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CFO Sink: Florida’s Unclaimed Property Auction Raises Record Funds for Florida’s Public Schools


CONTACT:  Tara Klimek or Brannon Jordan
(850) 413-2842 

Auction shatters attendance record and raises over $800,000 for education
TALLAHASSEE– Florida Chief Financial Officer Alex Sink announced today the Department of Financial Services, Bureau of Unclaimed Property (Bureau) broke previous unclaimed property auction records at Saturday’s auction in Orlando, raising more money than previous auctions and breaking last year’s attendance record.
“I am thankful to the Floridians who bid on the wonderful items up for auction and the members of our Bureau who worked so hard to make this event a success,” said CFO Sink, who oversees the Bureau.  “Not only did we raise a record-breaking $800,000 for Florida school children, we also raised awareness about the Bureau’s mission of reuniting Floridians with their unclaimed property.”
During Saturday’s auction, the Bureau raised over $817,000 for the State School Trust Fund from the selling of 534 lots, or groups, of items.  The top selling item was a 3.3 ct. pear-shaped diamond that sold for $22,000, $12,500 over the reserve price.  The highest-percentage performing lot contained a Royal belt buckle and spurs believed to be from the last Empress of France, Empress Eugenie, the wife of Napoleon III.  It sold for $5,000, compared to the reserve price of $400.
Among the other top selling items at Saturday’s auction were autographed Hank Aaron and Don Larsen baseballs that sold for $450, an un-circulated 1896 $1 silver certificate that sold for $3,100, a 1934 $500 bill that sold for $2,800, a five ct. blue-green diamond that sold for $14,000, and a 17 ct. natural sapphire ring that sold for $10,700.  The auction had approximately 450 registered bidders—a record number—with bidders from 15 states and one from the United Kingdom.
The public interest in the auction also led thousands of Floridians to the Unclaimed Property Web site,, to see if the state was holding their assets.  While on a typical day, the Bureau’s Web site receives approximately 4,000 visitors, more than 48,800 Floridians visited the site the day before the auction (August 3, 2007).  In the first four days of August, the Bureau received claims from approximately 30,000 Floridians for over $13 million in unclaimed property.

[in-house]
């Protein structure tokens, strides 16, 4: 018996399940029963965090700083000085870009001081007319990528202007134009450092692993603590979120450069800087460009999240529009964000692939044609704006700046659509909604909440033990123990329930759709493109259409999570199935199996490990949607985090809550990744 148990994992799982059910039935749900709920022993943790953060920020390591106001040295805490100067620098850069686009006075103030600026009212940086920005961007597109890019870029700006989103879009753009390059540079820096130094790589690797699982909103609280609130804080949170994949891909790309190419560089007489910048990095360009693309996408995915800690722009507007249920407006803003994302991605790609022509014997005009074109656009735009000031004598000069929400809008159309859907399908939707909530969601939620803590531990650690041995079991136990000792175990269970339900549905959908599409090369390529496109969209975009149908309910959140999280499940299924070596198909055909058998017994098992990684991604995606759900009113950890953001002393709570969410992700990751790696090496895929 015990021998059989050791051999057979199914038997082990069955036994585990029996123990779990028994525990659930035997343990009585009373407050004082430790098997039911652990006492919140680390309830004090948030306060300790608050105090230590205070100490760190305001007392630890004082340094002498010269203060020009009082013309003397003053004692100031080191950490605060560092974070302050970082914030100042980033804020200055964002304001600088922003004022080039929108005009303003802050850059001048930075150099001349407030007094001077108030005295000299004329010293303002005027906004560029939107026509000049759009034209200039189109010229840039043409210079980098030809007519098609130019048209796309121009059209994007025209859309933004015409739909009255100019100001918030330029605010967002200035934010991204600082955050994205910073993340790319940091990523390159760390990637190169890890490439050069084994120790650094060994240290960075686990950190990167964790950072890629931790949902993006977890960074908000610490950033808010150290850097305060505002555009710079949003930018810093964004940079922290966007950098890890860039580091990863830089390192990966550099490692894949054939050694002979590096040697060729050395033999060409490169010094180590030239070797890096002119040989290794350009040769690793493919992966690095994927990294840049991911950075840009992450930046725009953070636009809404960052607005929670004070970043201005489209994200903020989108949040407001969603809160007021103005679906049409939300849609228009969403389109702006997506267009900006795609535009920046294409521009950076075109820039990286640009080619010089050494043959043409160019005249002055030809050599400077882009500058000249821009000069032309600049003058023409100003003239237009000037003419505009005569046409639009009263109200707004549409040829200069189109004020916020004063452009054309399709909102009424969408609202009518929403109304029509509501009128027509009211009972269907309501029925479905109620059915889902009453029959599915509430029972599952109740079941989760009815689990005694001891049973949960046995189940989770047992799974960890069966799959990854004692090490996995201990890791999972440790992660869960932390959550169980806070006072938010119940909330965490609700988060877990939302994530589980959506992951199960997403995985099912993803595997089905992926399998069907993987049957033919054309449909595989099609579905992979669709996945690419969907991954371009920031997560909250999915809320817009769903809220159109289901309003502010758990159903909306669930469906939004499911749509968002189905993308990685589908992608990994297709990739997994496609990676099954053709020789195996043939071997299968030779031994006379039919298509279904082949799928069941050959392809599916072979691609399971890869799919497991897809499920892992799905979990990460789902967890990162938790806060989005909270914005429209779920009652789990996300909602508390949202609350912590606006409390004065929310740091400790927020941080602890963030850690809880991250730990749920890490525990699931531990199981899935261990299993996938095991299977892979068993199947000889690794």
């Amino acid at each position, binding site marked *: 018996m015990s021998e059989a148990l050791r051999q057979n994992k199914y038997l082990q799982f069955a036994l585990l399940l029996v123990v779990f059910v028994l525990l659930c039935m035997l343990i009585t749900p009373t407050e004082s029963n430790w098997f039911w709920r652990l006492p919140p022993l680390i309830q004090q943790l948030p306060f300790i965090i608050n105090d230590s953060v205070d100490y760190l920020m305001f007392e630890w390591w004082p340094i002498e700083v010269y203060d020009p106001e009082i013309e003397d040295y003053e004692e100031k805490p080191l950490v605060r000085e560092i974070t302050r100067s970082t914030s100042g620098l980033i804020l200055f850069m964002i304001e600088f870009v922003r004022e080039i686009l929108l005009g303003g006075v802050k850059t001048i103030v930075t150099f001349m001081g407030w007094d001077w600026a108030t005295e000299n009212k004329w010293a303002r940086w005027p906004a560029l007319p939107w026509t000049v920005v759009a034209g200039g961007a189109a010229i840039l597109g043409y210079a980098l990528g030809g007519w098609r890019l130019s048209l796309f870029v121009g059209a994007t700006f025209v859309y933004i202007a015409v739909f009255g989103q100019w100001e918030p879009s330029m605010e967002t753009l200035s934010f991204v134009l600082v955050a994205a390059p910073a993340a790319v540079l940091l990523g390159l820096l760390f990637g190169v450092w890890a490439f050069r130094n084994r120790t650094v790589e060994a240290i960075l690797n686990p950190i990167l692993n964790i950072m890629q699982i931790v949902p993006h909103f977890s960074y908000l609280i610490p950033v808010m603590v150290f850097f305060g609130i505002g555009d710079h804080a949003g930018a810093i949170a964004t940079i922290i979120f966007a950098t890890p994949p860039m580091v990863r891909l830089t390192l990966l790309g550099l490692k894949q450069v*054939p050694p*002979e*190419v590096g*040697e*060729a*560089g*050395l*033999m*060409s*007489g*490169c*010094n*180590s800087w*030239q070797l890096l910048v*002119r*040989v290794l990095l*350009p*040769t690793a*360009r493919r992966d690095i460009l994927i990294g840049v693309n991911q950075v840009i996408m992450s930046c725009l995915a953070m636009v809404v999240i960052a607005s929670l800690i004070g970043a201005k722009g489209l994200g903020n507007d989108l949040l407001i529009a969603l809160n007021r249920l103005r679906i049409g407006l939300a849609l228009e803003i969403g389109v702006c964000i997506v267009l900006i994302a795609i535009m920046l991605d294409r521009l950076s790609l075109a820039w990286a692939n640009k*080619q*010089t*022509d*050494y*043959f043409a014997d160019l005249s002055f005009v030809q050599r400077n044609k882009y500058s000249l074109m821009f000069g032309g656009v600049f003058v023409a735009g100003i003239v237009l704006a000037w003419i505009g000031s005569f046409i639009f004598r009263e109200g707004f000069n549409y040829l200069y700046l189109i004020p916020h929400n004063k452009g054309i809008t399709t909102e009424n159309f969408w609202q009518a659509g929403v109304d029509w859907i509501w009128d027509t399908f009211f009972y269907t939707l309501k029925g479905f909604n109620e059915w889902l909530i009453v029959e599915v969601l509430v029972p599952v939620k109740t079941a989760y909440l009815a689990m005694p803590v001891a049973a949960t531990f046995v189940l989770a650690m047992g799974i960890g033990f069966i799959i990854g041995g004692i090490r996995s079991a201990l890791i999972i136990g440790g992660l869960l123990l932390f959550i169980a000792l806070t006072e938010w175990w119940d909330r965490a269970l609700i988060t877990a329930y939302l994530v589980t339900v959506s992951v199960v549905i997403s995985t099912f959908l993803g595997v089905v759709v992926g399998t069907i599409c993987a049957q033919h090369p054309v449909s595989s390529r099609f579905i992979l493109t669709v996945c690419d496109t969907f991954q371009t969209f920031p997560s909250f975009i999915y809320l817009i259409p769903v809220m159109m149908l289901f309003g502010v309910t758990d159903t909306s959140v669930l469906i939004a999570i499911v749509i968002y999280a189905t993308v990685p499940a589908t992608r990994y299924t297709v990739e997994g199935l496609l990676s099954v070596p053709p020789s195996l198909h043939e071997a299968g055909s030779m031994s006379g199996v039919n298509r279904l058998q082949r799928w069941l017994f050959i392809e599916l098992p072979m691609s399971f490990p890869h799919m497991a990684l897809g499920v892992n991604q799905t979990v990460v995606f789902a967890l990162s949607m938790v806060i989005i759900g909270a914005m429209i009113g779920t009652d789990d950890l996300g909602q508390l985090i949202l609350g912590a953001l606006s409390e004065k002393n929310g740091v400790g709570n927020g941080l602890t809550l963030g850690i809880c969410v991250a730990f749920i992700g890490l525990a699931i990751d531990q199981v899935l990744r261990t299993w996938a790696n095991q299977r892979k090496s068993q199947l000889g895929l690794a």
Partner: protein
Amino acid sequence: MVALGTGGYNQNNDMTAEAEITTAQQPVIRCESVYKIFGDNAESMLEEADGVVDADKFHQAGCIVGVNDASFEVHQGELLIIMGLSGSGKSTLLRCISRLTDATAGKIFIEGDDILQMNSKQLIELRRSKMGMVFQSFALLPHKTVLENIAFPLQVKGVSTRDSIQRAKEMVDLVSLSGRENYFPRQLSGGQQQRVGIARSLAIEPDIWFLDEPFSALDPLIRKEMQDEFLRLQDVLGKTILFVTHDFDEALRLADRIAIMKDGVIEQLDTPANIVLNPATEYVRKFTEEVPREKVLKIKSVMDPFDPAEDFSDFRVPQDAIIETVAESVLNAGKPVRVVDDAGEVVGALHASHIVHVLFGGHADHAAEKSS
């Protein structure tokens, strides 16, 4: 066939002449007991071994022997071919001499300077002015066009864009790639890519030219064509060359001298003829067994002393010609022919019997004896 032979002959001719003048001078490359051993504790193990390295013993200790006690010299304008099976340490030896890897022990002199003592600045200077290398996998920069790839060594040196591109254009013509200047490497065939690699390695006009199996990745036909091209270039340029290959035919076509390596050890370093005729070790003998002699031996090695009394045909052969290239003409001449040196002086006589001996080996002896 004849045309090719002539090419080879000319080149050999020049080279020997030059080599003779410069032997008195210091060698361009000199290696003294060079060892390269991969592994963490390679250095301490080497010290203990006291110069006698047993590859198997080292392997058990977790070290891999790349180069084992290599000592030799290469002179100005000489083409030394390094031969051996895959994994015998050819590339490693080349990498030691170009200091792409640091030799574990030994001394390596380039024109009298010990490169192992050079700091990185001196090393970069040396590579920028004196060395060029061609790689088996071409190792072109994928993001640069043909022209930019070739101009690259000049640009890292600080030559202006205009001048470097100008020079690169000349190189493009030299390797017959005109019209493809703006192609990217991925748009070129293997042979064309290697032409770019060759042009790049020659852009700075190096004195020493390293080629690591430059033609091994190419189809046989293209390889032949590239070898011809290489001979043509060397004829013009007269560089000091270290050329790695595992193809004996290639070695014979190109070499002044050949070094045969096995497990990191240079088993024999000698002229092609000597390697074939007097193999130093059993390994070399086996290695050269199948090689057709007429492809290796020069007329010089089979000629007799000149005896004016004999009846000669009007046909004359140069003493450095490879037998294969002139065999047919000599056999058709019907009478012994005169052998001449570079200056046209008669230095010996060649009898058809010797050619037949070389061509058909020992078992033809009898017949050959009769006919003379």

Floridians are encouraged to search not only for their own names, but also for the names of their family members and ancestors.  Many of the accounts held by the state are in the name of deceased relatives, and it can be difficult for the state to locate the heirs of these accounts.
The Bureau receives items that have been abandoned in safe deposit boxes for at least three years and spends up to two years searching for the rightful owners or heirs.  The Bureau has had tremendous success in finding owners.  In the past year alone, the Bureau returned a record 255,000 accounts valued at more than $171 million.  But when owners or heirs cannot be found, the items are auctioned.  While the proceeds from the auctioned items are transferred to the state's Public School Trust Fund, the money is held in the original owners' name and can be claimed for free at any time.
Since the program's inception 46 years ago, the Bureau has successfully reunited owners with more than $1 billion in unclaimed property.  Over the past five years, the program has returned more than $546 million-- more than half of all the money returned since the beginning of the program-- due largely to aggressive efforts by the program to contact owners.
The Bureau is currently holding 7.8 million accounts, mostly from dormant accounts in financial institutions, unclaimed utility deposits, insurance benefits, premium refunds, uncashed checks and trust accounts, as well as watches, jewelry, coins, stamps and historical items from abandoned safe deposit boxes.
Unclaimed property can be claimed for free at any time by the rightful owners or heirs by logging on to or by calling the Bureau at 1-88-VALUABLE.  Until claimed, the unclaimed funds are transferred to the state’s School Trust Fund to benefit public schools.  Since the program’s inception in 1961, more than $1.5 billion has been transferred to the fund. 
As a statewide elected officer of the Florida Cabinet, Chief Financial Officer Alex Sink  oversees the Department of Financial Services, a multi-division state agency responsible for management of state funds and unclaimed property, assisting consumers who request information and help related to financial services, and investigating financial fraud. CFO Sink also serves as the State Fire Marshal.